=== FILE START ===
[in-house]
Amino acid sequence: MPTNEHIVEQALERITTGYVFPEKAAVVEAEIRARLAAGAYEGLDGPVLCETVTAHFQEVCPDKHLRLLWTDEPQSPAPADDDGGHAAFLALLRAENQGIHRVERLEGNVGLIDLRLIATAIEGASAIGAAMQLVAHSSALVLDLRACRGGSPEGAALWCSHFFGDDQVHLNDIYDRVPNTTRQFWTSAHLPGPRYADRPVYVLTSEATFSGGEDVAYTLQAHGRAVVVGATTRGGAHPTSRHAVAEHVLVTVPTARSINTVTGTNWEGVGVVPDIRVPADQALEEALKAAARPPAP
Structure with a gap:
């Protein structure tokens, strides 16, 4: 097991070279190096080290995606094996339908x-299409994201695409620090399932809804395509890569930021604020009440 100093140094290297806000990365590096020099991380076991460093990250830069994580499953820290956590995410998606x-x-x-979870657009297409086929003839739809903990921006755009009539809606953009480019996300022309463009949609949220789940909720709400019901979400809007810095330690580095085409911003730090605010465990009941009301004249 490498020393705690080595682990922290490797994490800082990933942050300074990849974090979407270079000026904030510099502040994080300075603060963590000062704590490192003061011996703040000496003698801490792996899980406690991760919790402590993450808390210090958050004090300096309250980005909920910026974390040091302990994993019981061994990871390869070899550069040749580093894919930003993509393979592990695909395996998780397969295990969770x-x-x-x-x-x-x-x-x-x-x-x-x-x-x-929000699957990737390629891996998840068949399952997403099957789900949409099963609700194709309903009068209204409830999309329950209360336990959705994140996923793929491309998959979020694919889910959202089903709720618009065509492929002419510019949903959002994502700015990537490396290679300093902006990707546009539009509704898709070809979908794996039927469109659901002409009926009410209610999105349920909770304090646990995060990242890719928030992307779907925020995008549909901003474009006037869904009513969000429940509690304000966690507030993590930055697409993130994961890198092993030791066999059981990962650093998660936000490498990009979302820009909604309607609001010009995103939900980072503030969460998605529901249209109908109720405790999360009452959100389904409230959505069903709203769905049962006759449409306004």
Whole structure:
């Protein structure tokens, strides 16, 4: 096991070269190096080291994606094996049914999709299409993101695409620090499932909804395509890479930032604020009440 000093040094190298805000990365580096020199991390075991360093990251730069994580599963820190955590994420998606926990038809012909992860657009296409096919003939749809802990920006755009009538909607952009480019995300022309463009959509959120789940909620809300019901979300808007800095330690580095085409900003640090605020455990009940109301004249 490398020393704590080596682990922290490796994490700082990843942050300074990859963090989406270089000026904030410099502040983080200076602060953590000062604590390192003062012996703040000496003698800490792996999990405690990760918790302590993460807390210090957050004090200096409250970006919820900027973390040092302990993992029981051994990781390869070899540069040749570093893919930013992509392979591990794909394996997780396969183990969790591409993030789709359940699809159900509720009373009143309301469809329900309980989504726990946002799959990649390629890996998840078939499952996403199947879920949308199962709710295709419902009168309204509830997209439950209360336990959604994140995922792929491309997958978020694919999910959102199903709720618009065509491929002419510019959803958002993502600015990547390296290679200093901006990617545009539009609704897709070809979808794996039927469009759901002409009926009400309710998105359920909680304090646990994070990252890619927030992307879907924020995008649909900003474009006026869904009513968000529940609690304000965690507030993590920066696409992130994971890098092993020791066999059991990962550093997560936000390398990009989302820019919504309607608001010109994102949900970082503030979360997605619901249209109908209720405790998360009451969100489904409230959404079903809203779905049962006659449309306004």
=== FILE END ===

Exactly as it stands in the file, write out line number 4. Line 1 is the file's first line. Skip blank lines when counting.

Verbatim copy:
């Protein structure tokens, strides 16, 4: 097991070279190096080290995606094996339908x-299409994201695409620090399932809804395509890569930021604020009440 100093140094290297806000990365590096020099991380076991460093990250830069994580499953820290956590995410998606x-x-x-979870657009297409086929003839739809903990921006755009009539809606953009480019996300022309463009949609949220789940909720709400019901979400809007810095330690580095085409911003730090605010465990009941009301004249 490498020393705690080595682990922290490797994490800082990933942050300074990849974090979407270079000026904030510099502040994080300075603060963590000062704590490192003061011996703040000496003698801490792996899980406690991760919790402590993450808390210090958050004090300096309250980005909920910026974390040091302990994993019981061994990871390869070899550069040749580093894919930003993509393979592990695909395996998780397969295990969770x-x-x-x-x-x-x-x-x-x-x-x-x-x-x-929000699957990737390629891996998840068949399952997403099957789900949409099963609700194709309903009068209204409830999309329950209360336990959705994140996923793929491309998959979020694919889910959202089903709720618009065509492929002419510019949903959002994502700015990537490396290679300093902006990707546009539009509704898709070809979908794996039927469109659901002409009926009410209610999105349920909770304090646990995060990242890719928030992307779907925020995008549909901003474009006037869904009513969000429940509690304000966690507030993590930055697409993130994961890198092993030791066999059981990962650093998660936000490498990009979302820009909604309607609001010009995103939900980072503030969460998605529901249209109908109720405790999360009452959100389904409230959505069903709203769905049962006759449409306004």